Thursday, March 13, 2014

teaching fear.

little has been getting better and better at walking in her gait trainer.  as a result, we have been taking it everywhere with us.  library.  church.  any time that she could play with peers, I try to drag it along.  I ended up getting a placard for the car so that I could easily maneuver a five year old, carry a toddler, and push the trainer across a parking lot (usually covered in snow and ice right now).
as a result, I want to share something with you.  this isn't because i'm angry.  it's not because I think that everyone should know this already.  it's because, I want others to know this.

your child, can touch my daughter's gait trainer.  they can touch her while she's in it.  i can't speak for all parents, but i imagine if you see a child with some sort of device, all you need to do is say, 'is it okay for my child to touch that?' or even, 'can you explain that to my daughter and i?' 

when you freak out, and pull your child away, or tell him not to touch the gait trainer (or my child), you are teaching fear.  you aren't meaning to, i know.  but, you just told your child that people who are different, and who use different devices, are scary, stay away!  and when you tell them not to look, or stare, you are saying the same thing.  children are curious.  to be quite honest, so are adults (just remember that i expect adults to be able to phrase questions in tactful manners).  and while there are, without doubt, days that i don't really want to answer and advocate, i'll still do it.  i have a whole host of kids who are in love with shilo because we haven't made her off limits.  she's just another kid.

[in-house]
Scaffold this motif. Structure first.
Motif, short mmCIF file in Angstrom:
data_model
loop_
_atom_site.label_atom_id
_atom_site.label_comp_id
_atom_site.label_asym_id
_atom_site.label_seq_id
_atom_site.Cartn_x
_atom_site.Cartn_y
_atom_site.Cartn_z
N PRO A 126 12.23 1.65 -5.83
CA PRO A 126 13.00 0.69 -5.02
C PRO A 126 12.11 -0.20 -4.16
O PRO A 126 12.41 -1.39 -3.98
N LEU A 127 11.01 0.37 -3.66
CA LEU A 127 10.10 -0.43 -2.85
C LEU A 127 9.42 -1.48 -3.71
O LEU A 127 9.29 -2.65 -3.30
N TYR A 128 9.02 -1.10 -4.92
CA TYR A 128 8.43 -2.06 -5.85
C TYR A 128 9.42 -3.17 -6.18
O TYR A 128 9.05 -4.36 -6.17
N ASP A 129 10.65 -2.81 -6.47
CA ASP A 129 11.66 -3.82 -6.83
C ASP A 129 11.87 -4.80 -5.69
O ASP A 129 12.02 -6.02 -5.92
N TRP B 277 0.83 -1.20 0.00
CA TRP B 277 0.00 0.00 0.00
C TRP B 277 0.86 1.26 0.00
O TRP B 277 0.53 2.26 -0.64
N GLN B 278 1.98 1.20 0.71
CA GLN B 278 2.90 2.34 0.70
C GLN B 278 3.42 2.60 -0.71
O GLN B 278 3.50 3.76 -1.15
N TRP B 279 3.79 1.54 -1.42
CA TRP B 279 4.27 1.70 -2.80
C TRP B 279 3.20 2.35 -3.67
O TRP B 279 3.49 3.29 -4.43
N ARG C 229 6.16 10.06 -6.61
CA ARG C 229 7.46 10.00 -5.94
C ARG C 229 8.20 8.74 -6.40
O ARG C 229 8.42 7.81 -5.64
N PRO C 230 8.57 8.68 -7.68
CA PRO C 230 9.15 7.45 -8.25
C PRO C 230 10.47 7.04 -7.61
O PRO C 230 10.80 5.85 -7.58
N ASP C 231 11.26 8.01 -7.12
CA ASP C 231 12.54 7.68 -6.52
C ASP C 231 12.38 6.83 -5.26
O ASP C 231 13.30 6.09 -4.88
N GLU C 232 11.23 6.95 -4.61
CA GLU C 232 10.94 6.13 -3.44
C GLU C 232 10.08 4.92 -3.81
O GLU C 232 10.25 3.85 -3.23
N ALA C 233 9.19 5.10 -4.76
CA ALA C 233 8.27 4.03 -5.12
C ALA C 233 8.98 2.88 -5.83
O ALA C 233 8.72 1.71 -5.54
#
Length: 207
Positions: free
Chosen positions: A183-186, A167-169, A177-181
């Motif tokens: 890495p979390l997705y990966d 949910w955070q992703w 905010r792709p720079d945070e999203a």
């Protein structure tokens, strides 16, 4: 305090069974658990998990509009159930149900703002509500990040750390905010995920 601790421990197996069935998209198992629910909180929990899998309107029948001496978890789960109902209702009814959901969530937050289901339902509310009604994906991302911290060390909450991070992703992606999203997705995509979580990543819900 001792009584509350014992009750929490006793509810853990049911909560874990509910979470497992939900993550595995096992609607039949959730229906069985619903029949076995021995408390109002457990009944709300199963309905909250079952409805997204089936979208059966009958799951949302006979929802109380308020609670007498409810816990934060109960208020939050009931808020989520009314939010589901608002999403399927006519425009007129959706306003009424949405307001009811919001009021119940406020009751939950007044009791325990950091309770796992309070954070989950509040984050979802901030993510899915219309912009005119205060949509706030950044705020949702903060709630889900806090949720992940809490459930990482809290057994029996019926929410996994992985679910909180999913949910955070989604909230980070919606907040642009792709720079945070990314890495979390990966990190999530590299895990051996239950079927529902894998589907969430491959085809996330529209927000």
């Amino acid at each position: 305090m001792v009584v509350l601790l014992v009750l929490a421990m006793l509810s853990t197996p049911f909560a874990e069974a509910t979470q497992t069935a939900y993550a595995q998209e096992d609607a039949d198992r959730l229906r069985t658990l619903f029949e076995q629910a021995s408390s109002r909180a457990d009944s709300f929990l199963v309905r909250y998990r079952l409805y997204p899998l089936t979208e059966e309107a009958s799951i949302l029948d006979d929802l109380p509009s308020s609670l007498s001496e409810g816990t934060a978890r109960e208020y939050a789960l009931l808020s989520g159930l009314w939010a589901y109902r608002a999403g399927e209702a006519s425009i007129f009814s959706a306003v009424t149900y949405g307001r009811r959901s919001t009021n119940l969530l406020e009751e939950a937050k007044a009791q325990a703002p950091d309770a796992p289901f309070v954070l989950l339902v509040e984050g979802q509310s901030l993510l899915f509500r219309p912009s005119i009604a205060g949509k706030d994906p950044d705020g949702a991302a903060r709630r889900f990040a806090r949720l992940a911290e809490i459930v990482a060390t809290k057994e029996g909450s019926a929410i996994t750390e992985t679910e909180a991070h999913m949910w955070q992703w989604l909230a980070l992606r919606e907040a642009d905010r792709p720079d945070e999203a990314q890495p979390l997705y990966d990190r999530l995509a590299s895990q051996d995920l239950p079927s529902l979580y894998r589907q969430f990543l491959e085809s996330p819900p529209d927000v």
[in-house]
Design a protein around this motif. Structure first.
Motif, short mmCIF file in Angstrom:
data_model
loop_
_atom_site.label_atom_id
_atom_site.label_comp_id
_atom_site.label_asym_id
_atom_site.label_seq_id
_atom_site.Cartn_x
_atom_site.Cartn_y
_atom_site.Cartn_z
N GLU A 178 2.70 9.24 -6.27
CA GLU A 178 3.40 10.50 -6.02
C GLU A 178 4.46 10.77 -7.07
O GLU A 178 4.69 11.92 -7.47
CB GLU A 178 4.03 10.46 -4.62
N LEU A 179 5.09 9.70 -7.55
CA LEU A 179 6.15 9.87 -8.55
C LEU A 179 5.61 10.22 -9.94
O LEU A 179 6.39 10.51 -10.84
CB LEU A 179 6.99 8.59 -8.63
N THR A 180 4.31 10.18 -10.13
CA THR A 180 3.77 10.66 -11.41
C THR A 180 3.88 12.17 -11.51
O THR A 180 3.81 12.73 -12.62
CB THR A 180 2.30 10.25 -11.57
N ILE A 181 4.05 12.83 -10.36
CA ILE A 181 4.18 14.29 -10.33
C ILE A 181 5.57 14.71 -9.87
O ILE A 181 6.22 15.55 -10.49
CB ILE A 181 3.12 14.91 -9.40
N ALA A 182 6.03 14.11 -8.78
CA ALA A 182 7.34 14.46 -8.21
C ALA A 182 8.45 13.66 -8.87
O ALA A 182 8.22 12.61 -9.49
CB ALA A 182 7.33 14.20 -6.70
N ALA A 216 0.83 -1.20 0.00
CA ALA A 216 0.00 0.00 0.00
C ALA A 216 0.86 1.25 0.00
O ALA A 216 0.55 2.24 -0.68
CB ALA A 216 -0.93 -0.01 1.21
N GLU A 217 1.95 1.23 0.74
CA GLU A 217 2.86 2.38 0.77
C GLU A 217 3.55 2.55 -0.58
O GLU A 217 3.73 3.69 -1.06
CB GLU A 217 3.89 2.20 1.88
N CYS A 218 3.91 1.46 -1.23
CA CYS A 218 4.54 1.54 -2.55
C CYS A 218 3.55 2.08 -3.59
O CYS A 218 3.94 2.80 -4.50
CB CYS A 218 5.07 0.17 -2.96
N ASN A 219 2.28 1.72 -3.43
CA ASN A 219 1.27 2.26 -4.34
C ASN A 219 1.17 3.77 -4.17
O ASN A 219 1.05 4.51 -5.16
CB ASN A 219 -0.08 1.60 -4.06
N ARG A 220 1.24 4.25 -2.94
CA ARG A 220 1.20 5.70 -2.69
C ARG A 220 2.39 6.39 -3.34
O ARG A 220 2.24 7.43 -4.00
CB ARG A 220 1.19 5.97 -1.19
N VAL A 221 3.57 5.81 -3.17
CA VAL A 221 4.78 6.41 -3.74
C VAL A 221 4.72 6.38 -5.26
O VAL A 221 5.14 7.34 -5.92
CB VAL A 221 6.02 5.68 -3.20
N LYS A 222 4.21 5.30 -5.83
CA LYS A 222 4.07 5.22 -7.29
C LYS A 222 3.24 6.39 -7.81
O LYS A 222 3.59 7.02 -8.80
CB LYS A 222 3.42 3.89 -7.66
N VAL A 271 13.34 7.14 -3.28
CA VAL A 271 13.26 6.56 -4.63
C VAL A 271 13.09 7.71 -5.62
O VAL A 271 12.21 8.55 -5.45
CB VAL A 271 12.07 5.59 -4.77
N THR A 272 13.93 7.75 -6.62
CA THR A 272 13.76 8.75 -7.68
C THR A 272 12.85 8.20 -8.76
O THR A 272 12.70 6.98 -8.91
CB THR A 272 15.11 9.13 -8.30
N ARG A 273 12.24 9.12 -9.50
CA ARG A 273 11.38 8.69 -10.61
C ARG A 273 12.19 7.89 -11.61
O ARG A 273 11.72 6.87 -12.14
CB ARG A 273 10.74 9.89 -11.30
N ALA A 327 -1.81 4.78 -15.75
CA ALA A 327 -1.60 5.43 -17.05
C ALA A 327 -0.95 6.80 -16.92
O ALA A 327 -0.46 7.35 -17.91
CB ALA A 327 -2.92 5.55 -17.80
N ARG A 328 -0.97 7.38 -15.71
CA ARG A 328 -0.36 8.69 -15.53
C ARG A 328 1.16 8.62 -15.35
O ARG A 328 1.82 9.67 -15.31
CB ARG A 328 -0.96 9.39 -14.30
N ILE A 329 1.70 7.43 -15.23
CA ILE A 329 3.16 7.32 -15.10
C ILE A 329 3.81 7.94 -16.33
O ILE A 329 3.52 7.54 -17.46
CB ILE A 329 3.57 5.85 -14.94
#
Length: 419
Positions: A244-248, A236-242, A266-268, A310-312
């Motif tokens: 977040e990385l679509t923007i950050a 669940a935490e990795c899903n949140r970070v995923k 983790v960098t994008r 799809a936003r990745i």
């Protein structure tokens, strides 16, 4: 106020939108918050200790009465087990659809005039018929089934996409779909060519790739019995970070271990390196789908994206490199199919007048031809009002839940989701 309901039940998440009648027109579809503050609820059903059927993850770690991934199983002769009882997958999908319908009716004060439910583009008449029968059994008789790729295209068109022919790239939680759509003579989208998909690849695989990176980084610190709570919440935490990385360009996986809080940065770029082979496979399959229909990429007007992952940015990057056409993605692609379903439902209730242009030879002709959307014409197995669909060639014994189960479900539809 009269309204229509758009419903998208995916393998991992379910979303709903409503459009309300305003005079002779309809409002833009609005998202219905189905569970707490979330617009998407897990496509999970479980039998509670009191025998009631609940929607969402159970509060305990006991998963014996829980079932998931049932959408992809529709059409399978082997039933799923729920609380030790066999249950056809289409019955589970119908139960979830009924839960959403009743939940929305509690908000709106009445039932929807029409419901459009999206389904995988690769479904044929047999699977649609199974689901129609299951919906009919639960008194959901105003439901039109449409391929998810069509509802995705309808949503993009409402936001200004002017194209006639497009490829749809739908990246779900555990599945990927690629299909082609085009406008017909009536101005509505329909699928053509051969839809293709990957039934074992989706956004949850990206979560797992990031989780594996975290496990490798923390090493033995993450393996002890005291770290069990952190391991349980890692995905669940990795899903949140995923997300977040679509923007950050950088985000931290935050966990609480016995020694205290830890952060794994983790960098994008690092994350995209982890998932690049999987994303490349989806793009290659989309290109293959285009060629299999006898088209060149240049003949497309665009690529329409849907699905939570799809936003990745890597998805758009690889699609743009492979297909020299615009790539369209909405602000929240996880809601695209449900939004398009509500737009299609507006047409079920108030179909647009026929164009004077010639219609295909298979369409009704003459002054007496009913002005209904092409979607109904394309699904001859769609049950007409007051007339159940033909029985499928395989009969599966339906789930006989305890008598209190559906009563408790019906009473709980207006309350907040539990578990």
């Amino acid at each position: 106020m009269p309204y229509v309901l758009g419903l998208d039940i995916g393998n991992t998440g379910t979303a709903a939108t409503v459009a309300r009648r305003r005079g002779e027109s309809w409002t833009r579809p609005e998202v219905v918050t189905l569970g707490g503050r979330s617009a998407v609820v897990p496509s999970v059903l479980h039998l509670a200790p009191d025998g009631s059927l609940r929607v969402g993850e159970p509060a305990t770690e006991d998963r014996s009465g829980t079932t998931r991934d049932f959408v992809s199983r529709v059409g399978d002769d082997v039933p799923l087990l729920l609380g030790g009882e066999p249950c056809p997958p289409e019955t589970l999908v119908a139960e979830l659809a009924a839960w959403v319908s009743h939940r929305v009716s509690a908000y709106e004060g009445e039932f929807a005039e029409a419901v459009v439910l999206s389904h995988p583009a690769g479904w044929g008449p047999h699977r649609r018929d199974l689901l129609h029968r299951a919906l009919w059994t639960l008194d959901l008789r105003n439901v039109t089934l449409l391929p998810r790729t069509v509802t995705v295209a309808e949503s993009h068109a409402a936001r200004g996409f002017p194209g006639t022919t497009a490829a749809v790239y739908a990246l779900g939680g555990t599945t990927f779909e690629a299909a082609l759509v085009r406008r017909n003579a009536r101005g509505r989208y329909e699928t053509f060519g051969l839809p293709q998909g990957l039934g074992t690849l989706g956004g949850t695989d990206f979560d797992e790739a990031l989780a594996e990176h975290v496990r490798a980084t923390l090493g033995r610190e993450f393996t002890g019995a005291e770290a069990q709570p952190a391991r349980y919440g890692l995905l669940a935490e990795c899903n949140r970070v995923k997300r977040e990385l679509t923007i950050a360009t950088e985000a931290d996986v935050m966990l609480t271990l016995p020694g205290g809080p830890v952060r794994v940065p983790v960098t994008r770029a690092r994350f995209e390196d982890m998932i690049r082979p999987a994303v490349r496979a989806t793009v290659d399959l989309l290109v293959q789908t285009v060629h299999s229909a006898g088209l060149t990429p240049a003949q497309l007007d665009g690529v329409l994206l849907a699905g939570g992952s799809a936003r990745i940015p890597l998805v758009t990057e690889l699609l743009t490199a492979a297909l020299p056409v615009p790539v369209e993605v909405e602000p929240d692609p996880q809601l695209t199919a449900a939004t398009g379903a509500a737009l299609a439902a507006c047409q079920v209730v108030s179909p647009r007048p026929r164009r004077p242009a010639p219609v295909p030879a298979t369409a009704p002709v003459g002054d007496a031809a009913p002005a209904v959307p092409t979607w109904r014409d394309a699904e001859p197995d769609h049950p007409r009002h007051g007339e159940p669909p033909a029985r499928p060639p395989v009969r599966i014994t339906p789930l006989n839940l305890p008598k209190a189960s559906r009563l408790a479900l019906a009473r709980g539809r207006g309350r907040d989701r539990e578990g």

if you let your child look, ask questions, explore, and learn, he will learn that my child is, just another child.  he will learn that she just needs extra help learning to walk.  he might even learn things like why some kids eat through a tube in their stomach instead of their mouths, or about a million other medical devices that children have.  and, without even meaning to, you will have empowered your child.
because one day, your child will be out in the world, and there will be other people who look different, act different, or have different things they use to help them throughout their day.  and it's likely, if you've started very young explaining things, and allowing them to ask questions, that they will step up and be a friend while others are afraid and unsure.

please don't teach fear. 


  1. So well stated. We see that so many times when T's using his walker or power chair in the public. T's even answered the questions when the kids ask the parent "What is that for?".

  2. Great post to teach us all how to encourage approach and relate to differences. I confess to not knowing when it's ok to ask questions and when it would seem intrusive. I was curious about gait trainers and found some great images of the wide variety of options...very remarkable, what they can design to help kids and adults who need assistance! Would love to see a photo of Shiloh in her trainer, the little cutie!
    Nancy in the Midwest